Book from NetGalley and Publisher
In the tradition of The Girl on the Train, The Silent Wife, and Gone Girl comes an enthralling psychological thriller that spins one woman’s seemingly good fortune, and another woman’s mysterious fate, through a kaleidoscope of duplicity, death, and deception.
Please make a list of every possession you consider essential to your life.
The request seems odd, even intrusive—and for the two women who answer, the consequences are devastating.
Reeling from a traumatic break-in, Emma wants a new place to live. But none of the apartments she sees are affordable or feel safe. Until One Folgate Street. The house is an architectural masterpiece: a minimalist design of pale stone, plate glass, and soaring ceilings. But there are rules. The enigmatic architect who designed the house retains full control: no books, no throw pillows, no photos or clutter or personal effects of any kind. The space is intended to transform its occupant—and it does.
After a personal tragedy, Jane needs a fresh start. When she finds One Folgate Street she is instantly drawn to the space—and to its aloof but seductive creator. Moving in, Jane soon learns about the untimely death of the home’s previous tenant, a woman similar to Jane in age and appearance. As Jane tries to untangle truth from lies, she unwittingly follows the same patterns, makes the same choices, crosses paths with the same people, and experiences the same terror, as the girl before.
My first observation is about the book blurb. The only book of those mentioned that might be similar to this that I have read was Gone Girl. I didn’t like Gone Girl. I didn’t like the characters and I didn’t care what happened to them. At all.
In contrast, I loved the characters in this book. Emma and Jane are wonderful characters that I cared deeply about. They both had serious personal problems that led them to the safe haven of One Folgate Street, a beautiful and cheap alternative to other available rental property, and they needed to move. They had different, but equally compelling, reasons to accept the “rules” that were part of their rental agreement. They just had to leave their current homes.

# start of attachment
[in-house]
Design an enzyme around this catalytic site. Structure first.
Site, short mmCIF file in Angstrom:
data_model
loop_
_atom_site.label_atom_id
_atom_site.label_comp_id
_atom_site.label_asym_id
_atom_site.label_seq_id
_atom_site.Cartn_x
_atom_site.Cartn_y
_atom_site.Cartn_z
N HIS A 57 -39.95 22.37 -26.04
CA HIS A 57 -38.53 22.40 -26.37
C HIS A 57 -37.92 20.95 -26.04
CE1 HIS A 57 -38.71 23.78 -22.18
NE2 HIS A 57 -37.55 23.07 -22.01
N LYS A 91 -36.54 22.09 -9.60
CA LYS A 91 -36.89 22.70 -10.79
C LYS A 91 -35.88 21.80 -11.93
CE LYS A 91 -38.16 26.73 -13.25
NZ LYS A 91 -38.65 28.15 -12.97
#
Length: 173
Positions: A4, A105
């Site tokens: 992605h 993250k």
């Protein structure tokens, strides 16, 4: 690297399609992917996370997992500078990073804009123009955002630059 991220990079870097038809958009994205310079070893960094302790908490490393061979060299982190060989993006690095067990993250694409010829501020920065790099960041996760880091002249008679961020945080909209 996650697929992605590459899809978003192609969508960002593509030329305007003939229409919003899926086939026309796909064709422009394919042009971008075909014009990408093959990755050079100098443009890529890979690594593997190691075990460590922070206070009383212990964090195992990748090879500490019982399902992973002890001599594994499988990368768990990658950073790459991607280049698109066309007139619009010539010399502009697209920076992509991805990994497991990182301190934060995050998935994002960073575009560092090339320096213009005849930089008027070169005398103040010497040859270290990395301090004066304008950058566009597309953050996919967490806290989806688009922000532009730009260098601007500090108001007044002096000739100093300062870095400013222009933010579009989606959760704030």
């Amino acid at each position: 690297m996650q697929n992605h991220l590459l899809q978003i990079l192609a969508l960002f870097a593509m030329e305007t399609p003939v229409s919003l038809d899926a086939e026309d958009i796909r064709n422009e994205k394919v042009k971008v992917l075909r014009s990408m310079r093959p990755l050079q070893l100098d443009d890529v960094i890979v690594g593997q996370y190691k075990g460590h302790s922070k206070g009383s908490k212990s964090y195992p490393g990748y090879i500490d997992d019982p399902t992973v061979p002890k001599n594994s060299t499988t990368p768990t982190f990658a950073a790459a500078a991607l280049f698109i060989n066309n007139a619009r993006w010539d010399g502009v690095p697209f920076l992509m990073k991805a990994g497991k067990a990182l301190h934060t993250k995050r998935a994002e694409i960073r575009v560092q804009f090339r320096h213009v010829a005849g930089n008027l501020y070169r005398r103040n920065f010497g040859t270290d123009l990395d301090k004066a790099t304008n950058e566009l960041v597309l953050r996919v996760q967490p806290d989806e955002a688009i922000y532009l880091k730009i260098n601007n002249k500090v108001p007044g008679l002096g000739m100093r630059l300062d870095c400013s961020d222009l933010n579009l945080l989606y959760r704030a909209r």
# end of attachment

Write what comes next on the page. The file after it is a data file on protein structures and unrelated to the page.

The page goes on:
Then there is Edward Monkford, the architect and owner of One Folgate Street, the man who wrote the rules. The rules are bizarre. Edward is a minimalist, and he wants whoever rents his house to abide by his minimalist rules. I couldn’t do it, but the women in the book needed to get their lives back in order and thought divesting themselves of the clutter in their lives would be a good thing.
This story goes from “then”, which is Emma’s story, to “now”, Jane’s tale. I’m not always fond of flashbacks, but this worked really well as the two women began to have similar experiences. I kept wishing that they could see through Edward’s charm to the possible monster behind the mask. Is he a monster? If you want to find out, pick up a copy and…